"Do you mind if I get you for a few minutes afterwards?" Trump tells the crowd in recollecting an apparent conversation he had with Topper just before the private meeting. "I said, 'Lewis, if it's important we're going to do it,'" Trump said in explaining whether he would actually end up privately speaking with Topper.
Data from the Center for Responsive Politics shows that a Lewis Topper runs a Florida-based fast food company and is also a longtime donor to Republican causes.
Topper did not respond to CNBC's request for comment on whether he was at the event. Federal Election Commission records show that he once listed a New York address and, during the 2016 election, contributed to Trump's campaign and an outside super PAC supporting the then-candidate.
Records also show that Topper recently contributed big money to the RNC, including a $100,000 donation in 2018. Topper also donated over $500,000 to the American Liberty Fund last year, a super PAC that spent over $1 million on the 2020 election, including just over $220,000 backing Trump, according to CRP data. The PAC also spent over $500,000 on far-right GOP congressional candidate Laura Loomer of Florida, who also lost her race.
A set of pictures posted on Twitter and Instagram on July 7 showed the former president meeting privately with those who have promoted the idea that the election was stolen from Trump.
Conservative YouTube personality Austen Fletcher posted on at least two of his social media accounts pictures of him, Trump and others sitting around a table in early July. His Instagram post said the meeting took place at the Bedminster golf course and each of the social media posts has the text: "Diet Cokes with the big man."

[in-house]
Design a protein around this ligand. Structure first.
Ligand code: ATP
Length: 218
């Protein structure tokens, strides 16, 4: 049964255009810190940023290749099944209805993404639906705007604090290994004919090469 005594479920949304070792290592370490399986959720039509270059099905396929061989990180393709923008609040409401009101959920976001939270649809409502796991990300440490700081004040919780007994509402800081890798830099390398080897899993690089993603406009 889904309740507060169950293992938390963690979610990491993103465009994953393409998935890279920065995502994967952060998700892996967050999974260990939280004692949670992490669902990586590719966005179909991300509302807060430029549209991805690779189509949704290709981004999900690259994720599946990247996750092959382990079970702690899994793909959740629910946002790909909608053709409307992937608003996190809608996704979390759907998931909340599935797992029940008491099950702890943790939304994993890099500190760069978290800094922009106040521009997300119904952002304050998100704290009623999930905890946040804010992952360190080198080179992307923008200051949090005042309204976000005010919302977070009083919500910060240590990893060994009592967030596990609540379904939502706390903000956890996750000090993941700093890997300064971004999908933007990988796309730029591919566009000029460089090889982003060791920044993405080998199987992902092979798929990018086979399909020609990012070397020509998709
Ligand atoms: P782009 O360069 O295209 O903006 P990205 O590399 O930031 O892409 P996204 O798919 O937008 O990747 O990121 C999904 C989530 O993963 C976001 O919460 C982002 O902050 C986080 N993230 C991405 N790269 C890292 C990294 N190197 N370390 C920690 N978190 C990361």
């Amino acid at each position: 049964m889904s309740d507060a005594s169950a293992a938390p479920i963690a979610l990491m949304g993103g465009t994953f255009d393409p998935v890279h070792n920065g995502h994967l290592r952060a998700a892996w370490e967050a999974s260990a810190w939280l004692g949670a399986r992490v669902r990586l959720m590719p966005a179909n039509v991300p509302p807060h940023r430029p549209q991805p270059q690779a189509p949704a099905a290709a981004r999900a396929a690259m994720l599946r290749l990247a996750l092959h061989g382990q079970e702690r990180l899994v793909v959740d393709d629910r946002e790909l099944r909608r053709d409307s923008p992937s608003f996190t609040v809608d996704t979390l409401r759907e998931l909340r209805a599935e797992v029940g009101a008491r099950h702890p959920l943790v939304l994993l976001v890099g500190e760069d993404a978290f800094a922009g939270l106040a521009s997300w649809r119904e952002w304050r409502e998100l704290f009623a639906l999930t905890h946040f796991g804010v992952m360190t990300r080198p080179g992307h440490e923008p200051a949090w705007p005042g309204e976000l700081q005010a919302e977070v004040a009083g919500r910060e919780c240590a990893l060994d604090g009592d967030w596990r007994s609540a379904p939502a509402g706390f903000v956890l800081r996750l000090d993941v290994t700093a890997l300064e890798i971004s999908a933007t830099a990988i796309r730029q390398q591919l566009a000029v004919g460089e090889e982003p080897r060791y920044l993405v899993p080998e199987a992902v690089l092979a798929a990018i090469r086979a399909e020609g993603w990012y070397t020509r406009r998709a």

Fletcher, whose YouTube channel is titled "Fleccas Talks," has been a fierce opponent of Big Tech companies and what he believes is the censoring of conservative voices, like his own. The meeting took place the same day that Trump announced a class-action lawsuit against the tech giants of Facebook, Twitter and Google. Trump was previously banned from Facebook and Twitter. Fletcher did not respond to social media messages seeking comment about the meeting he had with Trump.
Fletcher is seen on stage with Trump and some others from the pictures of the meeting. Matt Schlapp, the chair of the American Conservative Union, who was also on stage when the former president made his announcement, confirmed to CNBC he too was part of the meeting but declined to say what was discussed. Schlapp previously announced that his organization was joining Trump on the class-action lawsuit against the tech firms. The ACU hosts the annual Conservative Political Action Conference where Trump has been a featured speaker.